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Link: • Carl Linnaeus to Claude Richard, 23 December 1764 n.s.
Dated 1764, D. 23 december.. Sent from Uppsala (Sweden) to Versailles (France). Written in Latin.


Linnaeus thanks Claude RichardRichard, Claude (1705-1784).
French. Botanist. The king’s gardener at
the Trianon. Father of Antoine Richard.
Correspondent of Linnaeus.
for the letter [October 1764Letter L5315] with a large number of plants.

Linnaeus has heard of Richard’s large stock of living plants and had longed to become acquainted with Richard. Linnaeus also has a garden [the Uppsala University Botanic Garden] with more than 4,000 plants, but in a cold climate.

The seeds from the Balearics were more worth than the others, as it is almost impossible to obtain material from there. Richard is to be congratulated on his son [Antoine RichardRichard, Antoine (1735-1807).
French. Gardener at the Trianon. The son
of Claude Richard.
], who had undertaken a laborious journey and been able to collect such things and spread them among gardens in Europe, and he sends his greetings to the young man. Linnaeus looks forward to the summer, when the aspect of these flowers will remind him of Richard’s favours.

Richard had asked for species growing in wet regions in Sweden, but Linnaeus has not been able to introduce them into his garden so he can not comply.

Richard had also asked for Alpine plants, which either do not produce seeds in gardens or are not found in Linnaeus’s garden, situated more than 1,200 miles from the Alps. One of them, Cimicifuga, has recently been acquired, and if it flowers and produces seeds next summer, Richard will surely receive some.

If Linnaeus knew which of his plants that Richard did not have, he could make a considerable contribution to Richard’s stock. However, it is difficult and time-consuming to establish a list of either garden.

Linnaeus goes into details on some species: Claytonia sibirica is found in no garden except Linnaeus’s, and it gives seeds each year. However, the seeds are difficult to gather, as they are ejected from the plant. Richard will, however, receive some next year, to be sown in lime-rich soil. Saxifraga crassifolia is a beautiful plant, but it does not produce mature seeds. Linnaeus could send a live root, but it is difficult to send by mail since it is as thick as a thumb and rather long. Cornus suecica, Linnaea and Trientalis are wild in Sweden, and Linnaeus has tried to transfer them to the garden, but without success. They always die within three months. Rubus arcticus produces ripe fruits in the garden, but the seeds are not viable. Richard will receive live roots as soon as Linnaeus finds somebody leaving for Paris, who could take them. Does Richard have the true Rhabarborus officinarum, which grows like Paeonia tenuifolia?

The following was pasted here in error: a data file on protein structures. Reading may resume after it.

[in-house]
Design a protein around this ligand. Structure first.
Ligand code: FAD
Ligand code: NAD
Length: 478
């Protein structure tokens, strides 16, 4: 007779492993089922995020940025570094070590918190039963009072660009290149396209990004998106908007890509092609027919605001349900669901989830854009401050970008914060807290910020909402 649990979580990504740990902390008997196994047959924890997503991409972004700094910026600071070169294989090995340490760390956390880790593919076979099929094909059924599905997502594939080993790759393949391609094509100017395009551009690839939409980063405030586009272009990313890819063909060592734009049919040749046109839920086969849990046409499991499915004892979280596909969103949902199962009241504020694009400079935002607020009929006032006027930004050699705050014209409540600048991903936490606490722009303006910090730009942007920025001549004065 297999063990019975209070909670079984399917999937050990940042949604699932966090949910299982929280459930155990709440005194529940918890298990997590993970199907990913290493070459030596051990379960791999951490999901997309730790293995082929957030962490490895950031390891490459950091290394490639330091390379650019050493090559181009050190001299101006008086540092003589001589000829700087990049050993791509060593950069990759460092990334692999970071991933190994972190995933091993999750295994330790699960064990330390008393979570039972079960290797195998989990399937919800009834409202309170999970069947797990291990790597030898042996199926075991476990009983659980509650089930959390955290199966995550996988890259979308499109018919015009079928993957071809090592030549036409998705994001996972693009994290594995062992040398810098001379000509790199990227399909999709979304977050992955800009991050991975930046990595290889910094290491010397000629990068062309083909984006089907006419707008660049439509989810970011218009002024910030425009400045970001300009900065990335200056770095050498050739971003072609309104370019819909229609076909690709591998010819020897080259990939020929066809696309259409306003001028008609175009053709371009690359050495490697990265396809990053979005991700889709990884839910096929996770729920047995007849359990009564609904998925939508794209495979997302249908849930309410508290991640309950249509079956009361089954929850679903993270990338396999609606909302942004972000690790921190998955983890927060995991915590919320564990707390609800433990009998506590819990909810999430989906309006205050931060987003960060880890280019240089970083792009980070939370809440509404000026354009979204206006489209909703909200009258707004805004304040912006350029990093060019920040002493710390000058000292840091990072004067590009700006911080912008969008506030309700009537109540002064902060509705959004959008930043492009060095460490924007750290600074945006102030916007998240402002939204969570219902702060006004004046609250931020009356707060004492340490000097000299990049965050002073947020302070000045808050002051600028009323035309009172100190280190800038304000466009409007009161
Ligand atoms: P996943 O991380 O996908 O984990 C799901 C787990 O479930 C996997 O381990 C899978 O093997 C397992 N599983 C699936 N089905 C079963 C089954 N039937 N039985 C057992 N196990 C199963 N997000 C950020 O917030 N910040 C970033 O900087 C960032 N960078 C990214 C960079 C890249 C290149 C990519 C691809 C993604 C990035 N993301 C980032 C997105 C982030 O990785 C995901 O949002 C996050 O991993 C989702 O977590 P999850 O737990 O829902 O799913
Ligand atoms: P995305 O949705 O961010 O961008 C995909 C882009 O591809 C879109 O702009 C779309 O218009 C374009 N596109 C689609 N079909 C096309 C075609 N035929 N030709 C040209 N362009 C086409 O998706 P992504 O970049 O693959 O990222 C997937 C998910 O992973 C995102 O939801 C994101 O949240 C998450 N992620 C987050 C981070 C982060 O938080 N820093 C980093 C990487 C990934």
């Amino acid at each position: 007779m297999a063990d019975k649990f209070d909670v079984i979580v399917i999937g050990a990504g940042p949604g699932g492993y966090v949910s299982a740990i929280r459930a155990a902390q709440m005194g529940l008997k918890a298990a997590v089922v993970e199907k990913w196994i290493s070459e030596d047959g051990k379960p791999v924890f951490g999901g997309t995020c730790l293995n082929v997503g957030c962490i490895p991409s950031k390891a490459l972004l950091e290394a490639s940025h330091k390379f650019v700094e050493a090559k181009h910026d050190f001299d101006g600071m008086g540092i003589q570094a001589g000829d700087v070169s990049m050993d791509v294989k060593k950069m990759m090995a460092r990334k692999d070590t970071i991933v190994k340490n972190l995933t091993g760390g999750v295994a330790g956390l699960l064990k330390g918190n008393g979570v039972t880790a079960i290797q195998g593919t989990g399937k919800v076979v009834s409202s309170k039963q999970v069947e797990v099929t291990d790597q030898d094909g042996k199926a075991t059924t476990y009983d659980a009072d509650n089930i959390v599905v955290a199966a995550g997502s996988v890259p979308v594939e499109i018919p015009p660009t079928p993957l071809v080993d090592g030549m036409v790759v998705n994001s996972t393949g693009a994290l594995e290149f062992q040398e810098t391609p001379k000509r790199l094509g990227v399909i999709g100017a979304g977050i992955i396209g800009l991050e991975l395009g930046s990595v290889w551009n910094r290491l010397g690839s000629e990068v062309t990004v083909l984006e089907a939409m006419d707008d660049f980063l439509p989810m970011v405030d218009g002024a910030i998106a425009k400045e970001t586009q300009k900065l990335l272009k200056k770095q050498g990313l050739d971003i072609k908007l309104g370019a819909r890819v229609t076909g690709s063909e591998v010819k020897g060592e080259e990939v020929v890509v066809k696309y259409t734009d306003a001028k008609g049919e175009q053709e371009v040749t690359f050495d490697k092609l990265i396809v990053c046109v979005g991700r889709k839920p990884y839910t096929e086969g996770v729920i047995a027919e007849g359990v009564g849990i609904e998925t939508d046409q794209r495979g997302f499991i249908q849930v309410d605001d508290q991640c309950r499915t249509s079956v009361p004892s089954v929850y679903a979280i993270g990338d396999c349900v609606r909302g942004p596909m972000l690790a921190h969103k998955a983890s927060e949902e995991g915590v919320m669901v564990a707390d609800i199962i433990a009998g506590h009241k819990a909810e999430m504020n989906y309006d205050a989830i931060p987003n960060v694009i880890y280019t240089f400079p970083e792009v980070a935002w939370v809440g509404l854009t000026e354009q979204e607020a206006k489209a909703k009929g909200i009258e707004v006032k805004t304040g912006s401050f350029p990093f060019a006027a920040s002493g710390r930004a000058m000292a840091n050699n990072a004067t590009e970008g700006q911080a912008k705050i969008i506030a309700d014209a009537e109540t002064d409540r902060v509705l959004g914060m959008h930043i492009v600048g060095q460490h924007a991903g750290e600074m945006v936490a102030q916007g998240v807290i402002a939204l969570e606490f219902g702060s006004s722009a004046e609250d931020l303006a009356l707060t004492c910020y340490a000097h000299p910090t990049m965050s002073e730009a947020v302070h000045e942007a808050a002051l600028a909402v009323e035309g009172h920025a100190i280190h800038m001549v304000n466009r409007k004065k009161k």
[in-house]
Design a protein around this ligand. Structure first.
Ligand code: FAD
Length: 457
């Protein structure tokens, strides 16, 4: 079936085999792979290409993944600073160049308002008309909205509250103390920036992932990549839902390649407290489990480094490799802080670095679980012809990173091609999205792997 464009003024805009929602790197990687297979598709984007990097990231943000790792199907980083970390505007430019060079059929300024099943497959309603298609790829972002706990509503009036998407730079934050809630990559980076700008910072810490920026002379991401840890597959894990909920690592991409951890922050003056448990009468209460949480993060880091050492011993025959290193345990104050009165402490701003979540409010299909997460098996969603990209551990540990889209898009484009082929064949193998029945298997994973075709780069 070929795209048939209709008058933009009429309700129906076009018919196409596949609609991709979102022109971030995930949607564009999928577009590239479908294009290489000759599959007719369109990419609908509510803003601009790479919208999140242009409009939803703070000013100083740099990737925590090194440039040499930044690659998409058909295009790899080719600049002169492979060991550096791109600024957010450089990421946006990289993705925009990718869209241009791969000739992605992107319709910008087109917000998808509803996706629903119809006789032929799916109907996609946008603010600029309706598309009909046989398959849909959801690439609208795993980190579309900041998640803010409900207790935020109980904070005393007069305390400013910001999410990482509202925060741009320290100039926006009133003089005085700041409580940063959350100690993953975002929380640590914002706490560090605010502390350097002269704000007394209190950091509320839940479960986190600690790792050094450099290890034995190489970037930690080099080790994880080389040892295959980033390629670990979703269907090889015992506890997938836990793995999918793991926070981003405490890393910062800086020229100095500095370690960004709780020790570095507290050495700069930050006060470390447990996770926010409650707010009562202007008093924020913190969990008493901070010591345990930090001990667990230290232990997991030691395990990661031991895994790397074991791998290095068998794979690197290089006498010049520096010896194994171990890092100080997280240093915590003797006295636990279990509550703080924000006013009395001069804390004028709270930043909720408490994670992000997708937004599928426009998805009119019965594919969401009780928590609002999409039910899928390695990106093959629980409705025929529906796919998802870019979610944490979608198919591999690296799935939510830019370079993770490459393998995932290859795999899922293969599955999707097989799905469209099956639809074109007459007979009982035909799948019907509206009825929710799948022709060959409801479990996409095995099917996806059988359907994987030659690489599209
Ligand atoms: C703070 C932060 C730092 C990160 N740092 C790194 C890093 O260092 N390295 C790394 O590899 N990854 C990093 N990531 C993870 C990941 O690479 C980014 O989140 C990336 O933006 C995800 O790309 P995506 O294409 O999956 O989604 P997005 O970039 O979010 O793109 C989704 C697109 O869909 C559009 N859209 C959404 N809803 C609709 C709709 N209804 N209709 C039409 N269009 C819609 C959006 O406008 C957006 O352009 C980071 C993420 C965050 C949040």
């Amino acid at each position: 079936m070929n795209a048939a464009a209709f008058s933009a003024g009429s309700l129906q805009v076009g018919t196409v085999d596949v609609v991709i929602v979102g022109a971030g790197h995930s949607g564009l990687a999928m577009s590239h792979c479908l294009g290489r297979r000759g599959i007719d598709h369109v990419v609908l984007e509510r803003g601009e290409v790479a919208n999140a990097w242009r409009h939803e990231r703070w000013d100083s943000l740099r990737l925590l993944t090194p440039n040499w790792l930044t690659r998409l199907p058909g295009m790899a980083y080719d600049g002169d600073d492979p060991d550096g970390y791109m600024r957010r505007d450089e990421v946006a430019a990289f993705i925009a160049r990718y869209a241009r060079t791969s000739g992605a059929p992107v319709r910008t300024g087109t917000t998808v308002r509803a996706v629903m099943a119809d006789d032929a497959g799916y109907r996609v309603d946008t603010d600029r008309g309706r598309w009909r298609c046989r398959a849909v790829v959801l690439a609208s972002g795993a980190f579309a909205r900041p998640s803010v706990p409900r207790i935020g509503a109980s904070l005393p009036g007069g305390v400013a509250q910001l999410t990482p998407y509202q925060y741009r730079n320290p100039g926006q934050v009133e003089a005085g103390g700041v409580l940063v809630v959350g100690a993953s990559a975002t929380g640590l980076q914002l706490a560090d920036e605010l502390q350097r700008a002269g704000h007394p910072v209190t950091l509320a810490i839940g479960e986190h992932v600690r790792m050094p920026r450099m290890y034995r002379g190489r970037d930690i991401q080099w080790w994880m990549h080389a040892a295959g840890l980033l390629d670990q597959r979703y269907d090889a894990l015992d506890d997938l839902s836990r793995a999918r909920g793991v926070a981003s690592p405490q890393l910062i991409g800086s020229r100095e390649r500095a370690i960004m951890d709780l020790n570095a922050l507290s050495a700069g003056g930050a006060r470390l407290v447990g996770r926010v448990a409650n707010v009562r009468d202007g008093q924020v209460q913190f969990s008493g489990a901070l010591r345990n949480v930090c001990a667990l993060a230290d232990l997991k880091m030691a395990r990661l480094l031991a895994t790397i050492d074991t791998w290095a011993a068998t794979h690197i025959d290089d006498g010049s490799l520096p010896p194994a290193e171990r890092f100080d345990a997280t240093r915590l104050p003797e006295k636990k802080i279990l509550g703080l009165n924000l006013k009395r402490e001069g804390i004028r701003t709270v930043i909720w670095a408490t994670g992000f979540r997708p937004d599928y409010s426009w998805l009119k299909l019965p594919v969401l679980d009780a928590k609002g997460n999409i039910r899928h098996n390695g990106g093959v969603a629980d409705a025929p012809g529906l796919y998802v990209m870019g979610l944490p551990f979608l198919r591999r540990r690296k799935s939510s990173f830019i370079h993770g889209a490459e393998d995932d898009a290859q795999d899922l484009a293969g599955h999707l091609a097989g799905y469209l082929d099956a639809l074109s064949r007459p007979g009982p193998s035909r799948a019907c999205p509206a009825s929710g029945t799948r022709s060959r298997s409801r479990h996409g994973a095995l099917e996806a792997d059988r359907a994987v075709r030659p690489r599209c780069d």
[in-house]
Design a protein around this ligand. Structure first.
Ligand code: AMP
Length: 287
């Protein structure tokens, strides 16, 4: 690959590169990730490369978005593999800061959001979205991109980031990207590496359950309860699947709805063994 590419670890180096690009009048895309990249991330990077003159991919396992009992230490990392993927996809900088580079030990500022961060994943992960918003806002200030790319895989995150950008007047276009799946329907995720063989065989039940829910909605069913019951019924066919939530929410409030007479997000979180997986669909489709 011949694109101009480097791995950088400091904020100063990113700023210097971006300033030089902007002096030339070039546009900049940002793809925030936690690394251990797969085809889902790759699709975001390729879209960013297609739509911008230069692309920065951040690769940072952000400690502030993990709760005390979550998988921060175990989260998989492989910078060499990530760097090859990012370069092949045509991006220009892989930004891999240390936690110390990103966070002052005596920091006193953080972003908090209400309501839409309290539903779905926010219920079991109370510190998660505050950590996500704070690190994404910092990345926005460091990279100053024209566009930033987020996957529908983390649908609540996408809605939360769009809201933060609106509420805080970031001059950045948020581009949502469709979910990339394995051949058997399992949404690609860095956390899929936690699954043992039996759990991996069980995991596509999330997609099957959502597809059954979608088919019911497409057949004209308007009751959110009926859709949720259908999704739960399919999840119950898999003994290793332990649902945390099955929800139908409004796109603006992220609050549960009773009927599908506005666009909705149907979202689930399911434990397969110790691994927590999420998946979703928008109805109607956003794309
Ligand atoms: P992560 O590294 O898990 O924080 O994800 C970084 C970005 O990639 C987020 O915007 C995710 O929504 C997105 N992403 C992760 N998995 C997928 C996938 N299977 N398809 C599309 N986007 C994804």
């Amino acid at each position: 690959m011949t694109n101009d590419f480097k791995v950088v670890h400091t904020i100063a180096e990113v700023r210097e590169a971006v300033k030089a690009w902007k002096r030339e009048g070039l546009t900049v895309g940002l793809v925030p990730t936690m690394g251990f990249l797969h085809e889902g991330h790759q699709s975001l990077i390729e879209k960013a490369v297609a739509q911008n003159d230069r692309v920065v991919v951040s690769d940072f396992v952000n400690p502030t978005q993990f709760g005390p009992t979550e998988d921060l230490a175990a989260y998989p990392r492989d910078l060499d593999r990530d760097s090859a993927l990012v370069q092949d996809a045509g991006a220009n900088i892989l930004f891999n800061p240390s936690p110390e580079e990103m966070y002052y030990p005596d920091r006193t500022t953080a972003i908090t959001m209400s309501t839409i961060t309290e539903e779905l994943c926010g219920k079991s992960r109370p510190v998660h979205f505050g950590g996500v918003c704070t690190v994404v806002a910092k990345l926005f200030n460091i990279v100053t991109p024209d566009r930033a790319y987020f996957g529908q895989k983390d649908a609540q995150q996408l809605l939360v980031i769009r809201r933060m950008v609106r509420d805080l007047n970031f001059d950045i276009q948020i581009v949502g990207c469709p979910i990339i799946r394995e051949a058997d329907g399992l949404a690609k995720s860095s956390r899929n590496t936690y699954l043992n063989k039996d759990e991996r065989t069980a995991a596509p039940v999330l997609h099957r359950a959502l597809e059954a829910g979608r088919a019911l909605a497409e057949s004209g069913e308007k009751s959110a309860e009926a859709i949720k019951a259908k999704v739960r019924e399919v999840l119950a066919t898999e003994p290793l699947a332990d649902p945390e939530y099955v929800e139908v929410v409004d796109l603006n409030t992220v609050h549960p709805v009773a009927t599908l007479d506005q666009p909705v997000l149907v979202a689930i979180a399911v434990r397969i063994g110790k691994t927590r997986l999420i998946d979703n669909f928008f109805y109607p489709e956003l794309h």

Linnaeus had seen in Philip Miller’sMiller, Philip (1691-1771).
British. Gardener of the Chelsea Physic
Garden. Corresponded with many
botanists. His rich herbarium was sold
to Joseph Banks. Correspondent of
The Gardeners dictionary, 7th editionMiller, Philip The Gardeners
dictionary; containing the methods of
cultivating and improving the kitchen,
fruit and flower garden, etc.
, 7th
edition (London 1756-1759).
, that he had received many rare plants from Richard, among them such from Peru, and Linnaeus wonders how Richard acquired them.

Since Richard is a very experienced gardener, Linnaeus asks him why plants from Virginia do not grow in his garden while others from the same climate thrive.

Linnaeus asks for seeds of some species that had been killed in his garden by one night of frost in August.

Linnaeus’s tea bush is alive but it has not yet flowered.

Linnaeus is very eager to make his seeds of Zizania germinate, and if Richard can help him with that, he will be thankful to Richard all his life.

Fevillea and Gouania grow well each year and hibernate well, but they do not flower. Linnaeus does not know why that is so.

Linnaeus gives Richard the advice to use the address of the Royal Society of Sciences in Uppsala [Kungliga Vetenskaps-Societeten i UppsalaKungliga Vetenskaps-Societeten i
Swedish. The Royal
Society of Sciences at Uppsala was
founded in 1728.
], as he did to all his correspondents.


a. original holograph (Bibliothèque municipale, Versailles). [1] [2] [3]